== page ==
When faculty at Penn State Brandywine announced the 2019 launch of a new peer mentorship initiative program, they knew that the students involved would need excellent training. They rose to the occasion by designing a special course that teaches students to be confident, capable peer assistants and leaders.
The course, a 300-level class called The Education of the Peer Assistant, will be a required prerequisite for all students who wish to qualify for the new Peer Assistant and Leader (PAL) program, a unique student-to-student mentorship system.
“It will be similar to the process that our students go through in a resident assistant (RA) course,” said Chris Brown, associate teaching professor of literacy and education and American studies at Brandywine.
Brown, who will teach the class, is working collaboratively with two Brandywine PAL co-founders: Assistant Teaching Professor of Psychology Joshua Marquit and Clinical Counselor Jennifer Toadvine. All three have great hopes for the course—even beyond PAL.
“Initially, this course will be for students in the peer mentoring program, but our vision beyond that is to make this a feeder for other student leadership roles on campus,” said Marquit.
The course will teach future PAL participants how to effectively support an array of incoming Penn State students—especially first-generation college students, who often struggle to navigate the University systems.
“We have found that some messages are better when they come from peers, not faculty or staff,” Brown said. “A PAL won’t be equipped to teach chemistry, for example, but they will be able to support students who are overwhelmed by problems in their classes or off-campus life.”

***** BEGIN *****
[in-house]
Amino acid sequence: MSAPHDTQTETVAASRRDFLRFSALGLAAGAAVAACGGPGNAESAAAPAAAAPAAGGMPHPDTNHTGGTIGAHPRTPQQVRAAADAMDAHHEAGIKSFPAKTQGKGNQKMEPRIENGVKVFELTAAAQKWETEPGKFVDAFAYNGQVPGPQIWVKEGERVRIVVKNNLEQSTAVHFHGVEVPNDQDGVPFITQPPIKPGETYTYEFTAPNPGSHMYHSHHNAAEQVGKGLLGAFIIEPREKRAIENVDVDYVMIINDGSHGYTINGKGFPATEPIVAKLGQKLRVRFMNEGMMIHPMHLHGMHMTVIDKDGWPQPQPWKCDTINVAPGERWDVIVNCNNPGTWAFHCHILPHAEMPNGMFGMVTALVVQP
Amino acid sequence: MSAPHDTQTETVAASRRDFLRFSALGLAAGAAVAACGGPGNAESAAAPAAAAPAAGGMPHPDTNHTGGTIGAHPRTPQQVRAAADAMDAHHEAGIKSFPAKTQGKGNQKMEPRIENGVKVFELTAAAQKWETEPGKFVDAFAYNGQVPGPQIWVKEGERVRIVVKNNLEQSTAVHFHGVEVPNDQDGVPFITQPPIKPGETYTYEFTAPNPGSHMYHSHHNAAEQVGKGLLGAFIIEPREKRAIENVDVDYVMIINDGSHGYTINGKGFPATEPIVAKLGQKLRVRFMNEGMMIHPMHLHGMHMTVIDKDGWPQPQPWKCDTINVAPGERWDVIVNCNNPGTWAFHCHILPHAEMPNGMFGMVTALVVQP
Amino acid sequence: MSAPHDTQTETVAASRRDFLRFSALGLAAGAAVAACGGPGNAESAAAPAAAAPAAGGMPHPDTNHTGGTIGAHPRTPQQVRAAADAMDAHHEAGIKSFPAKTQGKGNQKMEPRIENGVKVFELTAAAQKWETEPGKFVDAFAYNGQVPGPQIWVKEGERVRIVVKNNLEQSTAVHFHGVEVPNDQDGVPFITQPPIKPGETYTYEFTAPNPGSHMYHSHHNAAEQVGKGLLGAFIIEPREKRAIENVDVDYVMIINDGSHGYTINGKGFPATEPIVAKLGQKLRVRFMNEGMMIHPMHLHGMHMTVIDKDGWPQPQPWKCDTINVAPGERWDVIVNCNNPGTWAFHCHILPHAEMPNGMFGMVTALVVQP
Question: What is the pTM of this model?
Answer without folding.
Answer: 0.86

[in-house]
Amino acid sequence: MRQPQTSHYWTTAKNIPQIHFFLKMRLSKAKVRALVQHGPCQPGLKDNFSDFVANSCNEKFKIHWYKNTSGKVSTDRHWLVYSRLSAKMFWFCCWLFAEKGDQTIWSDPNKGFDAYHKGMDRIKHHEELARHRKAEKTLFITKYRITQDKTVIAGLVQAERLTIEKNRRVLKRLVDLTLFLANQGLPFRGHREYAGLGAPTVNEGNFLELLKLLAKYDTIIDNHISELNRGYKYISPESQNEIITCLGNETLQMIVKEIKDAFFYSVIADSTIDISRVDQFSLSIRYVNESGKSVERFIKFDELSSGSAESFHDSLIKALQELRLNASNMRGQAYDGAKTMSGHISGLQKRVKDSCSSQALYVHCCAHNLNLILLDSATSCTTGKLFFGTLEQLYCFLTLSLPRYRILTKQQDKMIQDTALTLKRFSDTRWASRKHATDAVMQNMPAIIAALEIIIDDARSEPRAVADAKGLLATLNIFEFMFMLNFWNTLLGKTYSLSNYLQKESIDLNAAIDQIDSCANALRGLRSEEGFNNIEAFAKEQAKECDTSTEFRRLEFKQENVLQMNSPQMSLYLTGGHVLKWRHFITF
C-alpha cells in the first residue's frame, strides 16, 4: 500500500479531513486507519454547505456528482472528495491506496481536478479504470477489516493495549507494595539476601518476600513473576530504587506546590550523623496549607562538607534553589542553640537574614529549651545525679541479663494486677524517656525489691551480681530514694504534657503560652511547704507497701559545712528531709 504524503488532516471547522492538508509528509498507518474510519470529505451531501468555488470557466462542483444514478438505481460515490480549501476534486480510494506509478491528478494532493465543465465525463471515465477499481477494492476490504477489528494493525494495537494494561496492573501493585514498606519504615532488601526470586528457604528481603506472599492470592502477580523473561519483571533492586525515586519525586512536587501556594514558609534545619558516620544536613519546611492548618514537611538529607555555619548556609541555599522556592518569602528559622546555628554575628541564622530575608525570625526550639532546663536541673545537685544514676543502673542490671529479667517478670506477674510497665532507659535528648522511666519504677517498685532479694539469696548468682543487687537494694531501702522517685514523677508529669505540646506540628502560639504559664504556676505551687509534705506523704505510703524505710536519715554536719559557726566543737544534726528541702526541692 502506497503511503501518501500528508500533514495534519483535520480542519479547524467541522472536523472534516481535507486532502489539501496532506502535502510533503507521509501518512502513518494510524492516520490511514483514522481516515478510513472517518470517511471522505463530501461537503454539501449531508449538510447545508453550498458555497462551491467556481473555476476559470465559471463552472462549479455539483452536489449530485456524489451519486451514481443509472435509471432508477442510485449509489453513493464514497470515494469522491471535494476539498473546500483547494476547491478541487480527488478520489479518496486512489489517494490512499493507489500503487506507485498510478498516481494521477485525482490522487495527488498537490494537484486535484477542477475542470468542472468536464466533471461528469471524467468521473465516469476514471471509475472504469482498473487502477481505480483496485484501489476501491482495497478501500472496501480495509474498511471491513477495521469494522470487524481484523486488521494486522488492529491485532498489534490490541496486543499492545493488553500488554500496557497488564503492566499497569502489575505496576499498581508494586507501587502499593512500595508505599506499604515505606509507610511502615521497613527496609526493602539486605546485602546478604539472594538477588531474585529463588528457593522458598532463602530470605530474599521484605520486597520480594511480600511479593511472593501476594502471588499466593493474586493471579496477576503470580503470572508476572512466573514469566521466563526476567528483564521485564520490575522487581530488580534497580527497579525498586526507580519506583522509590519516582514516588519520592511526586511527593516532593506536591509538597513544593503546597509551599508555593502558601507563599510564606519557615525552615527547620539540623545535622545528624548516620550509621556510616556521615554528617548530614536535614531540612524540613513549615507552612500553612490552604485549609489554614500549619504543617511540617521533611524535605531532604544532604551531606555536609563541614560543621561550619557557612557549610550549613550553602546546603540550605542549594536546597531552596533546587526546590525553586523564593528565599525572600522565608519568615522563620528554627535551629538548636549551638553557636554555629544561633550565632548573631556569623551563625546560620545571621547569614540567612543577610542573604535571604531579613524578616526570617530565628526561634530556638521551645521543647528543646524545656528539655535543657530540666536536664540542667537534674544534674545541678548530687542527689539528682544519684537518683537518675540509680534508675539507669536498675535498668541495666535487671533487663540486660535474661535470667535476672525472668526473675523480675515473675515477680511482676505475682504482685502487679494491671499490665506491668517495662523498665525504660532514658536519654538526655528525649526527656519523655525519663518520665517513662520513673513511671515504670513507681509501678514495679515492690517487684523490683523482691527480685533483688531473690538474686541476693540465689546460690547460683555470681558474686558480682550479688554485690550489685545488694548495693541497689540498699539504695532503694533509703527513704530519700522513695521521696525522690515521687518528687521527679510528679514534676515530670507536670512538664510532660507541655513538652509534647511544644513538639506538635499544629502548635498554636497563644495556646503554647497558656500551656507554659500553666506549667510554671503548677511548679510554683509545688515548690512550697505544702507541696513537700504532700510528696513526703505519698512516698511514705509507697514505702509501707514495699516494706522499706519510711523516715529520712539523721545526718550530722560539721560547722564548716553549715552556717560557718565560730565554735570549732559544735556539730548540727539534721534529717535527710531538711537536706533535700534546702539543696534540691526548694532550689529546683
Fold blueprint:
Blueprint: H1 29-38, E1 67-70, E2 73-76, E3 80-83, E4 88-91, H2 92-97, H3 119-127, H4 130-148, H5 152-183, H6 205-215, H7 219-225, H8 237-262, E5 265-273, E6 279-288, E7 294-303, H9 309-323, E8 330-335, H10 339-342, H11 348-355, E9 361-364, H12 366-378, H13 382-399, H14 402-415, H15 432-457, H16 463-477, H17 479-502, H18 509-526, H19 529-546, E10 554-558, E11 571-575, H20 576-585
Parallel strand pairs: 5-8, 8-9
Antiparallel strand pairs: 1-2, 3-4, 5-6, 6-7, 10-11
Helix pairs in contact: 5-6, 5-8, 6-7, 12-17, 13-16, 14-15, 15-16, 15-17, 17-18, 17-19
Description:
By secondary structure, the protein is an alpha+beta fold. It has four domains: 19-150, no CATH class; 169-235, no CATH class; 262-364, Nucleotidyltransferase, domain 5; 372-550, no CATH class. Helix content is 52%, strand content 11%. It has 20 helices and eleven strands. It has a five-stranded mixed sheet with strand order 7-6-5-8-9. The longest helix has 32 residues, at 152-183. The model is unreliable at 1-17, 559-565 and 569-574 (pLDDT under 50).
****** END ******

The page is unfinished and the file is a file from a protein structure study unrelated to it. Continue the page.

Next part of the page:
According to Toadvine, incoming students face a variety of challenges in and outside the classroom and often are hesitant to disclose those issues to a staff member or course instructor. PAL was designed, in part, to address that hesitancy.
“Students are really scared about not knowing everything, not being perfect,” she said. “They don’t want to be seen as incapable—so it’s often easier to retreat than confront the challenge. That’s where PAL can help. We can have those conversations, and a peer support can be the person to open that dialogue about the challenge.”
Since the role of a PAL will be focused on addressing real-life challenges, Brown’s course will emphasize hands-on, activity-based learning.
“It will be balanced with theory and research, of course, but the focus will be on active studentship,” said Brown. “There will be lots of role-playing, personal journaling, tapping into strengths and helping the student leaders better understand themselves first.”
“We also plan to incorporate out-of-class learning in real life situations,” Marquit said. “We want the students to go do things in the community and report on them, to actually engage in service and have experiences that will teach diversity and mindfulness in real time.”
As Brown, Marquit and Toadvine prepare to teach the course for the first time in 2019—and select their first PAL group—they look forward to sparking positive change on campus.
“I’m excited by the positivity of it,” said Brown. “We’re going to do something about a serious need we have noticed on campus—and I know how much it’s going to develop the PALs themselves along the way.”
“Something has become abundantly clear to me, and that is that higher ed is not just about teaching content,” said Marquit. “We’re trying to help create autonomous adults. That means giving them the skills to engage each other autonomously and support their peers.”